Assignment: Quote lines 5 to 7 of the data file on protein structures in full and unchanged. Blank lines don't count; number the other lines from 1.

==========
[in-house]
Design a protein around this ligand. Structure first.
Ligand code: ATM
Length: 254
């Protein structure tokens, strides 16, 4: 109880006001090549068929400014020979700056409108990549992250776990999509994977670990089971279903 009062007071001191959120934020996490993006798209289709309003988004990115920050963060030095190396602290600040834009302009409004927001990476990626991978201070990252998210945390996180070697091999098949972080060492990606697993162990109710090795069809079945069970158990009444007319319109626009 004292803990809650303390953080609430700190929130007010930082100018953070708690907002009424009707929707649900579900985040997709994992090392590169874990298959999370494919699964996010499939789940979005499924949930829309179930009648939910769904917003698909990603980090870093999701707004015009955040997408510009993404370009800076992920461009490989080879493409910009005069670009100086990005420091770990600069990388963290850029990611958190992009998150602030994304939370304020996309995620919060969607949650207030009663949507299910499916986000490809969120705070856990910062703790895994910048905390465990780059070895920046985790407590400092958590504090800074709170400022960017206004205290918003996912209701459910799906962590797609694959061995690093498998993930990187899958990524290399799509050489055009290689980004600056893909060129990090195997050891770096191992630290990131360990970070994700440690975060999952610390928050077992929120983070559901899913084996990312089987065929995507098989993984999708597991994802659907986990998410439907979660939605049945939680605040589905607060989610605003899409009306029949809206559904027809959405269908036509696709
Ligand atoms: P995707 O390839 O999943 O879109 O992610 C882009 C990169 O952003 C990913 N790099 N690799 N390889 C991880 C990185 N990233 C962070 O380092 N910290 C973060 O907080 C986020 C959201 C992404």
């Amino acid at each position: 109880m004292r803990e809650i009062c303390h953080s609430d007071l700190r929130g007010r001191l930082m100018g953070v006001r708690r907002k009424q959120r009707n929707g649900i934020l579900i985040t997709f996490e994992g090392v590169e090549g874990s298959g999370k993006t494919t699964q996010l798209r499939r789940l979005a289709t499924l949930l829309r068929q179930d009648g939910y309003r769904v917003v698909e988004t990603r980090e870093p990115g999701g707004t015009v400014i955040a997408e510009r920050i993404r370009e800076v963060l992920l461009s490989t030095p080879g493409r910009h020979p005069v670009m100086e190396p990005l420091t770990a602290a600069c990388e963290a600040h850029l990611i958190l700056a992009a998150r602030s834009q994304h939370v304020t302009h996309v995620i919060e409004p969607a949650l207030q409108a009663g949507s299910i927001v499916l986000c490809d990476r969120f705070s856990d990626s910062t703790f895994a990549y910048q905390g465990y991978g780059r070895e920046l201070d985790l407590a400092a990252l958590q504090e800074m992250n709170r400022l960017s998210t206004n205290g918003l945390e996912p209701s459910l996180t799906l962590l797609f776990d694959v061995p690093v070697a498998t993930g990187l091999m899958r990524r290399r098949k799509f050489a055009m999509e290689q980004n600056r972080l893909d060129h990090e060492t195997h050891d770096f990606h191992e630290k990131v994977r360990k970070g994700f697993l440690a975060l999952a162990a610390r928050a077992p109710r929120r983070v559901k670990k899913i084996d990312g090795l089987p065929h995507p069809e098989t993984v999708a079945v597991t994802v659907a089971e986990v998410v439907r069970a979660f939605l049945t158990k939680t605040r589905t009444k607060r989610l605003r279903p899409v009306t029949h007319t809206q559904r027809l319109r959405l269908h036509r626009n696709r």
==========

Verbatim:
């Protein structure tokens, strides 16, 4: 109880006001090549068929400014020979700056409108990549992250776990999509994977670990089971279903 009062007071001191959120934020996490993006798209289709309003988004990115920050963060030095190396602290600040834009302009409004927001990476990626991978201070990252998210945390996180070697091999098949972080060492990606697993162990109710090795069809079945069970158990009444007319319109626009 004292803990809650303390953080609430700190929130007010930082100018953070708690907002009424009707929707649900579900985040997709994992090392590169874990298959999370494919699964996010499939789940979005499924949930829309179930009648939910769904917003698909990603980090870093999701707004015009955040997408510009993404370009800076992920461009490989080879493409910009005069670009100086990005420091770990600069990388963290850029990611958190992009998150602030994304939370304020996309995620919060969607949650207030009663949507299910499916986000490809969120705070856990910062703790895994910048905390465990780059070895920046985790407590400092958590504090800074709170400022960017206004205290918003996912209701459910799906962590797609694959061995690093498998993930990187899958990524290399799509050489055009290689980004600056893909060129990090195997050891770096191992630290990131360990970070994700440690975060999952610390928050077992929120983070559901899913084996990312089987065929995507098989993984999708597991994802659907986990998410439907979660939605049945939680605040589905607060989610605003899409009306029949809206559904027809959405269908036509696709
Ligand atoms: P995707 O390839 O999943 O879109 O992610 C882009 C990169 O952003 C990913 N790099 N690799 N390889 C991880 C990185 N990233 C962070 O380092 N910290 C973060 O907080 C986020 C959201 C992404």
């Amino acid at each position: 109880m004292r803990e809650i009062c303390h953080s609430d007071l700190r929130g007010r001191l930082m100018g953070v006001r708690r907002k009424q959120r009707n929707g649900i934020l579900i985040t997709f996490e994992g090392v590169e090549g874990s298959g999370k993006t494919t699964q996010l798209r499939r789940l979005a289709t499924l949930l829309r068929q179930d009648g939910y309003r769904v917003v698909e988004t990603r980090e870093p990115g999701g707004t015009v400014i955040a997408e510009r920050i993404r370009e800076v963060l992920l461009s490989t030095p080879g493409r910009h020979p005069v670009m100086e190396p990005l420091t770990a602290a600069c990388e963290a600040h850029l990611i958190l700056a992009a998150r602030s834009q994304h939370v304020t302009h996309v995620i919060e409004p969607a949650l207030q409108a009663g949507s299910i927001v499916l986000c490809d990476r969120f705070s856990d990626s910062t703790f895994a990549y910048q905390g465990y991978g780059r070895e920046l201070d985790l407590a400092a990252l958590q504090e800074m992250n709170r400022l960017s998210t206004n205290g918003l945390e996912p209701s459910l996180t799906l962590l797609f776990d694959v061995p690093v070697a498998t993930g990187l091999m899958r990524r290399r098949k799509f050489a055009m999509e290689q980004n600056r972080l893909d060129h990090e060492t195997h050891d770096f990606h191992e630290k990131v994977r360990k970070g994700f697993l440690a975060l999952a162990a610390r928050a077992p109710r929120r983070v559901k670990k899913i084996d990312g090795l089987p065929h995507p069809e098989t993984v999708a079945v597991t994802v659907a089971e986990v998410v439907r069970a979660f939605l049945t158990k939680t605040r589905t009444k607060r989610l605003r279903p899409v009306t029949h007319t809206q559904r027809l319109r959405l269908h036509r626009n696709r």